Implications for Religion and Politics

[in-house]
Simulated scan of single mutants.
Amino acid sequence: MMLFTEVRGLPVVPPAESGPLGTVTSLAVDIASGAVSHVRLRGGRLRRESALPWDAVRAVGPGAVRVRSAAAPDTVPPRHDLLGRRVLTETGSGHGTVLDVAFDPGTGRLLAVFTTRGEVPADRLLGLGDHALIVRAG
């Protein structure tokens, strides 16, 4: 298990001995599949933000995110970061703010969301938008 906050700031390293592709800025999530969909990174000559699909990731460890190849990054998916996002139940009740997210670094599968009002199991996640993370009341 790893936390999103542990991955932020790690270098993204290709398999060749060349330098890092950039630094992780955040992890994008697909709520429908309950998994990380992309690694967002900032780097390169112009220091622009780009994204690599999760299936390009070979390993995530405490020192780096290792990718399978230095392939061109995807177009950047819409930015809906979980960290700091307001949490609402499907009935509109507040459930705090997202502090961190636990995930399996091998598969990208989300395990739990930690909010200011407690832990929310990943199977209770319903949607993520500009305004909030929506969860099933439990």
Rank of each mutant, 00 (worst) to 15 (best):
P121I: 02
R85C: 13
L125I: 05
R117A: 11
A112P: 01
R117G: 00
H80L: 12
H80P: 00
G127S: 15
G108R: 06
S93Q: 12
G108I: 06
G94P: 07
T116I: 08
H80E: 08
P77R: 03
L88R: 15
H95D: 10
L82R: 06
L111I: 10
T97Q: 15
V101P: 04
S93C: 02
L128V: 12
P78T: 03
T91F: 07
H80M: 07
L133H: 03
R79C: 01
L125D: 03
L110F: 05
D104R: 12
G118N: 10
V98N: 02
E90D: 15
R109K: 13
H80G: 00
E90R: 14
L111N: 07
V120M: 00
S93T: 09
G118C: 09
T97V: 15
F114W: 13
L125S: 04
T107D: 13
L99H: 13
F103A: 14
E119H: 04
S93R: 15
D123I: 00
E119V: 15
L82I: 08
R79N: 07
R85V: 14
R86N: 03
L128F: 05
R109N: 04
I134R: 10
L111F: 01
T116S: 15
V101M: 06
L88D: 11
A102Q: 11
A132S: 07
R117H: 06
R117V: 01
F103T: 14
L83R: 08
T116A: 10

This chapter concludes, placing these findings in the context of religion and political behavior broadly considered. It tests my theory in a large sample of countries using the World Values Survey. Cross-national tests indicate that the pattern described in the above cases is evident in much of the world: the general trend is that for small sects, communal prayer decreases support for democracy, while the opposite is true for large groups. Larger groups can expect to benefit from free elections due to their sheer size, so increased salience of sectarian identity---such as that created by communal worship---should promote democratic attitudes; the reverse logic holds for smaller groups, who would be unlikely to win elections. Finally, the chapter uses the suggestive evidence from the World Values Survey to describe some of the conditions under which this theory should---and should not---apply.
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